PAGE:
Center for Biological Diversity

For Immediate Release, October 10, 2017

Contact: Brett Hartl, (202) 817-8121,

U.S. House Considers Public Lands Giveaway for 'Solar Chimney' Boondoggle  

Legislation Would Gift 8,000 Acres in Arizona to Special Interests

WASHINGTON— The House Natural Resources Committee will hold a hearing Wednesday on a bill that would give away 8,000 acres of federal land to Arizona’s La Paz County for an experimental “solar chimney.”

Sponsored by Rep. Paul Gosar (R-Ariz.), H.R. 2630 would exempt the land from laws requiring taxpayers to be compensated when federal lands are sold or disposed of. According to Gosar’s website and other reports, the land will be used for a 2,600-foot-tall experimental solar chimney intended to provide electricity to western Arizona communities.

“This shady land giveaway looks a lot like a gift to special interests,” said Brett Hartl, government affairs director at the Center for Biological Diversity. “Giving away public lands so a private company can build the tallest structure in North America, with no public input or environmental review, is irresponsible and reckless.”

A Senate companion bill, S. 1222, was introduced in May by Sen. Jeff Flake (R-Ariz.).

The Federal Land Policy and Management Act of 1976 grants the Bureau of Land Management the authority to exchange, sell or dispose of federal land if it serves an important public objective that private land fails to offer. Congressional approval is required for land deals of more than 2,500 acres. The BLM can then use proceeds from the sale to buy other conservation land.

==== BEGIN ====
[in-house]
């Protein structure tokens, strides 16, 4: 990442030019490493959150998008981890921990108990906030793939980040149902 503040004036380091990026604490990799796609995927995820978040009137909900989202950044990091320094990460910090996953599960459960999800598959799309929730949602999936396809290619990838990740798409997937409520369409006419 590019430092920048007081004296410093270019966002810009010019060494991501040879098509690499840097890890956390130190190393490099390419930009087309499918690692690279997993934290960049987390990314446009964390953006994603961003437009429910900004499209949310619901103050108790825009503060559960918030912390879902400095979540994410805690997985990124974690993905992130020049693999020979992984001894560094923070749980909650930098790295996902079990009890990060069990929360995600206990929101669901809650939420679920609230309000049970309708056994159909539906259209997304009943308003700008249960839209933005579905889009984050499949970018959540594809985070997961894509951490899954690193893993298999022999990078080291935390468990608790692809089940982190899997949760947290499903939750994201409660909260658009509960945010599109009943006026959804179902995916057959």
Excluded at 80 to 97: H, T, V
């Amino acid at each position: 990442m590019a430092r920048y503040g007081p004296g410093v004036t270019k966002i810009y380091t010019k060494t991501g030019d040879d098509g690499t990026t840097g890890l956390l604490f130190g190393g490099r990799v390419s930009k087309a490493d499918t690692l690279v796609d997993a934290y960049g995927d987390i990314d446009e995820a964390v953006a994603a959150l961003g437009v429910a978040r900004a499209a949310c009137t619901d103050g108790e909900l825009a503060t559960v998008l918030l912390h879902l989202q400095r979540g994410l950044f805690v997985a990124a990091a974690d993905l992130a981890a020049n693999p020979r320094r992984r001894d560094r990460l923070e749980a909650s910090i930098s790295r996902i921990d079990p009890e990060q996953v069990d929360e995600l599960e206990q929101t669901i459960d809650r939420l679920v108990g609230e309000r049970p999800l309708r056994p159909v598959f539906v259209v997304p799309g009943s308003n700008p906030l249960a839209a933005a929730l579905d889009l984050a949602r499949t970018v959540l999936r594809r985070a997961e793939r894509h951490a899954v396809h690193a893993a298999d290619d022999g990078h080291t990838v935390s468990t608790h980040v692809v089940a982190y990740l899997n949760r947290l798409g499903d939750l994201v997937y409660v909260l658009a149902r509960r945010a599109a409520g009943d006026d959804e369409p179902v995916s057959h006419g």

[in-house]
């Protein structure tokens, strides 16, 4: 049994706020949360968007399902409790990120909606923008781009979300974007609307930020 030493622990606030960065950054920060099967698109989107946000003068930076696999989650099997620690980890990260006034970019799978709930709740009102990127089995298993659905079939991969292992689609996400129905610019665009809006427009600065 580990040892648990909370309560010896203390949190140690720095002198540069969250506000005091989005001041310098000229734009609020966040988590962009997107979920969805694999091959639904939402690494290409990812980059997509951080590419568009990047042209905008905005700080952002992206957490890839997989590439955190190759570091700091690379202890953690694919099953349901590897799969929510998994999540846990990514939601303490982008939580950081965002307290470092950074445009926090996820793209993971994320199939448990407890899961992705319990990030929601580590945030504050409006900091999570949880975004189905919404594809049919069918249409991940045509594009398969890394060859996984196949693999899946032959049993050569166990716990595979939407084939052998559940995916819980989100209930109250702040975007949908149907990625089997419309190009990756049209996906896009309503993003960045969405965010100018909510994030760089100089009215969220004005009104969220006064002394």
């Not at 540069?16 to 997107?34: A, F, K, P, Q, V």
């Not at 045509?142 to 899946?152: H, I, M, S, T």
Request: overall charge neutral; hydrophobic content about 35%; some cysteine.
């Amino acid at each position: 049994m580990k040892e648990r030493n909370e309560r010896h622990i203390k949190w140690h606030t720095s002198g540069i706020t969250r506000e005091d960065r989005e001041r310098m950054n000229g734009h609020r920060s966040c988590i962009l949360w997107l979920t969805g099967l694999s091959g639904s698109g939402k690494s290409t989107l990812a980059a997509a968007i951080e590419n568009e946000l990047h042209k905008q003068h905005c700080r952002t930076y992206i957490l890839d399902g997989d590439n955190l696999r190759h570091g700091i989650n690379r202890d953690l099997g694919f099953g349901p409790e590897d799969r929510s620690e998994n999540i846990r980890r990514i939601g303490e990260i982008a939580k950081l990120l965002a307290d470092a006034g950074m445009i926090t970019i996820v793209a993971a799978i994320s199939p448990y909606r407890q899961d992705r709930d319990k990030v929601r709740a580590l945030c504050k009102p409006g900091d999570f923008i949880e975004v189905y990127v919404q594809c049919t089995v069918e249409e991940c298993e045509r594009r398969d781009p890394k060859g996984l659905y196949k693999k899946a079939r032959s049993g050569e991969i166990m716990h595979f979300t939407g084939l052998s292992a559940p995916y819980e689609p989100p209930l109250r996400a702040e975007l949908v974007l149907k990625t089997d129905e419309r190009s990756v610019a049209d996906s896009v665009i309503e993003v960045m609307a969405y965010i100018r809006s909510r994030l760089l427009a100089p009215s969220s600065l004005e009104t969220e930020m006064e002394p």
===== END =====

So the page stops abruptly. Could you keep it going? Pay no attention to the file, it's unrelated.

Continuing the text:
Gosar’s bill includes a provision that skirts the requirement for the land to serve an important public purpose and would allow La Paz County to sell the 8,000 acres to private developers.

“This bill would fleece Arizona taxpayers and set a terrible precedent,” said Hartl. “If La Paz County or the special-interest developer pulling the strings wants these lands for their experiment, they should pay market value as the law requires.”

In theory, a solar chimney — or solar updraft tower — would create a greenhouse under a canopy that covers thousands of acres around the tower. As the hot air rises, it turns the propellers in the turbines located at the base of the tower, and the heated air exits through the top of the chimney.

In western Arizona summer temperatures can exceed 110 degrees, and the air under the canopy would approach 195 degrees. The environmental impacts of deploying this technology in the Arizona desert are completely unknown.

“The solar chimney could easily turn into a wildlife killer,” said Hartl. “Even if it worked and didn’t hurt wildlife, you could produce just as much or more renewable energy by leasing this land for conventional solar panels. And there’d be a return for taxpayers.”

In the first nine months of the 115th Congress, Republicans have introduced more than 75 bills that attack public lands, weaken environmental safeguards on those lands or turn over control to states and local governments. These attacks come despite the fact that the vast majority of voters across political parties support protecting and maintaining forests, national parks, monuments and other public lands and waters.

The Center for Biological Diversity is a national, nonprofit conservation organization with more than 1.5 million members and online activists dedicated to the protection of endangered species and wild places.

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